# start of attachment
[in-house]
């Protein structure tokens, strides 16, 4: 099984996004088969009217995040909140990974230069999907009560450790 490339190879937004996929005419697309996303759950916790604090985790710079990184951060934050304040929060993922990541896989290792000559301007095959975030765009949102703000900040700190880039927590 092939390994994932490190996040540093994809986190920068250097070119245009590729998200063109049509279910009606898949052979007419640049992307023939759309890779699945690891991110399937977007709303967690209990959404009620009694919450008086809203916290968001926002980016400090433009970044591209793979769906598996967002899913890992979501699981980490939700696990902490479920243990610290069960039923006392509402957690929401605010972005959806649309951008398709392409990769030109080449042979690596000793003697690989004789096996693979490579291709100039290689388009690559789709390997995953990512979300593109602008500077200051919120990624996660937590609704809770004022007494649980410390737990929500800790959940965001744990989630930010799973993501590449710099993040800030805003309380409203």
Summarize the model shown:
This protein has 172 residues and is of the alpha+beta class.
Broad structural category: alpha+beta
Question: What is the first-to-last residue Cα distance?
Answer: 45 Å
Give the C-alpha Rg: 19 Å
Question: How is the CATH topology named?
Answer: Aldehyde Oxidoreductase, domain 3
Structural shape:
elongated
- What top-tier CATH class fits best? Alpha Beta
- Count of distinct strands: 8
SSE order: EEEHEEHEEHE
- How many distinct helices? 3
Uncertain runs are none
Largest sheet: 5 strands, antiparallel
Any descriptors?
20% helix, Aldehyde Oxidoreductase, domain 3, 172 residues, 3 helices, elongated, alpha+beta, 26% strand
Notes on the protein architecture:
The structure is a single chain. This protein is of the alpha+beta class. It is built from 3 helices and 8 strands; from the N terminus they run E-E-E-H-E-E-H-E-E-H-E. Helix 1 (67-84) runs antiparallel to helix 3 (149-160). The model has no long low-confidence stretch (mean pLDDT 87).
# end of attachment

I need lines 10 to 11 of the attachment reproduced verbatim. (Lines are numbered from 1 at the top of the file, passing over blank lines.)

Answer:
Answer: Aldehyde Oxidoreductase, domain 3
Structural shape: